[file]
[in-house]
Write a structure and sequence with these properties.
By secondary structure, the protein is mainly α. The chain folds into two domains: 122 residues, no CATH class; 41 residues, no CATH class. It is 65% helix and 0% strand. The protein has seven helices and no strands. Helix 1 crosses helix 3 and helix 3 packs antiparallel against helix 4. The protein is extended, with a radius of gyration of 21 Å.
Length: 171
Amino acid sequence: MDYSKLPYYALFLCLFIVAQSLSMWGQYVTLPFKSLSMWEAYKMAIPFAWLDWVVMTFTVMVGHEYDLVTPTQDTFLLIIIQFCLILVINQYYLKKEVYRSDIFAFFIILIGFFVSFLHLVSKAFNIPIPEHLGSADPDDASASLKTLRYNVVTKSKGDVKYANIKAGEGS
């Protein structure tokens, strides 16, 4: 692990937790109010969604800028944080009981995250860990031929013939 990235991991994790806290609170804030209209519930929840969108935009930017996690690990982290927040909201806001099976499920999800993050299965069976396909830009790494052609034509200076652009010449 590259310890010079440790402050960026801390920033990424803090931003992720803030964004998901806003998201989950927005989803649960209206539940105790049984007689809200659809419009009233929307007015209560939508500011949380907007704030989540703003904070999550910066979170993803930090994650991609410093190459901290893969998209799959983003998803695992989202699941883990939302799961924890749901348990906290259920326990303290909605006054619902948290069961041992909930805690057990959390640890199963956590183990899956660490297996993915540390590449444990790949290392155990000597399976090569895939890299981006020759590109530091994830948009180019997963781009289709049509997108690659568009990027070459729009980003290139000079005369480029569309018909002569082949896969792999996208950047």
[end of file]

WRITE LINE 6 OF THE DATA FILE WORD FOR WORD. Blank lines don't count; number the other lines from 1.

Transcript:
């Protein structure tokens, strides 16, 4: 692990937790109010969604800028944080009981995250860990031929013939 990235991991994790806290609170804030209209519930929840969108935009930017996690690990982290927040909201806001099976499920999800993050299965069976396909830009790494052609034509200076652009010449 590259310890010079440790402050960026801390920033990424803090931003992720803030964004998901806003998201989950927005989803649960209206539940105790049984007689809200659809419009009233929307007015209560939508500011949380907007704030989540703003904070999550910066979170993803930090994650991609410093190459901290893969998209799959983003998803695992989202699941883990939302799961924890749901348990906290259920326990303290909605006054619902948290069961041992909930805690057990959390640890199963956590183990899956660490297996993915540390590449444990790949290392155990000597399976090569895939890299981006020759590109530091994830948009180019997963781009289709049509997108690659568009990027070459729009980003290139000079005369480029569309018909002569082949896969792999996208950047």